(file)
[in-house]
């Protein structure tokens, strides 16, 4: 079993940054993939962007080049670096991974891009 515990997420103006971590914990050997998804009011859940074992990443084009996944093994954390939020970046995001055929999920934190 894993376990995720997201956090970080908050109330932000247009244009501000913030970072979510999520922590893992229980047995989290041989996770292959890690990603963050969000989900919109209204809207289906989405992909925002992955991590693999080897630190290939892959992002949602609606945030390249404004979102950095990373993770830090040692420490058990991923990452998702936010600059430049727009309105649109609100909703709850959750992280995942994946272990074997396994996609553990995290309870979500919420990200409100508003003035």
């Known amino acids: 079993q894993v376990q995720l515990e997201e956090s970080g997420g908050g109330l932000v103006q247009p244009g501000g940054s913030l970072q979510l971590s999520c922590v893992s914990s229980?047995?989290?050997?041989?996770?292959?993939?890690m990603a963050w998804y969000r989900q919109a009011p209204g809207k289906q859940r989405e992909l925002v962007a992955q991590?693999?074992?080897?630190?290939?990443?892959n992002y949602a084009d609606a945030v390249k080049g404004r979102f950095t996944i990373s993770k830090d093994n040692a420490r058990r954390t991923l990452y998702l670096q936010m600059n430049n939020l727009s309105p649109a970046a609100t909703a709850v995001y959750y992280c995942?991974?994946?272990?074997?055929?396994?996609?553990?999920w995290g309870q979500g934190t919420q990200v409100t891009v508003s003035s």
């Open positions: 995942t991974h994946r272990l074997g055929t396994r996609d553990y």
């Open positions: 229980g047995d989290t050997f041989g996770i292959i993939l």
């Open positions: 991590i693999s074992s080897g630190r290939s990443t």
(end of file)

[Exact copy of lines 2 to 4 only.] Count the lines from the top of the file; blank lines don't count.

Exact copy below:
């Protein structure tokens, strides 16, 4: 079993940054993939962007080049670096991974891009 515990997420103006971590914990050997998804009011859940074992990443084009996944093994954390939020970046995001055929999920934190 894993376990995720997201956090970080908050109330932000247009244009501000913030970072979510999520922590893992229980047995989290041989996770292959890690990603963050969000989900919109209204809207289906989405992909925002992955991590693999080897630190290939892959992002949602609606945030390249404004979102950095990373993770830090040692420490058990991923990452998702936010600059430049727009309105649109609100909703709850959750992280995942994946272990074997396994996609553990995290309870979500919420990200409100508003003035």
């Known amino acids: 079993q894993v376990q995720l515990e997201e956090s970080g997420g908050g109330l932000v103006q247009p244009g501000g940054s913030l970072q979510l971590s999520c922590v893992s914990s229980?047995?989290?050997?041989?996770?292959?993939?890690m990603a963050w998804y969000r989900q919109a009011p209204g809207k289906q859940r989405e992909l925002v962007a992955q991590?693999?074992?080897?630190?290939?990443?892959n992002y949602a084009d609606a945030v390249k080049g404004r979102f950095t996944i990373s993770k830090d093994n040692a420490r058990r954390t991923l990452y998702l670096q936010m600059n430049n939020l727009s309105p649109a970046a609100t909703a709850v995001y959750y992280c995942?991974?994946?272990?074997?055929?396994?996609?553990?999920w995290g309870q979500g934190t919420q990200v409100t891009v508003s003035s």
């Open positions: 995942t991974h994946r272990l074997g055929t396994r996609d553990y």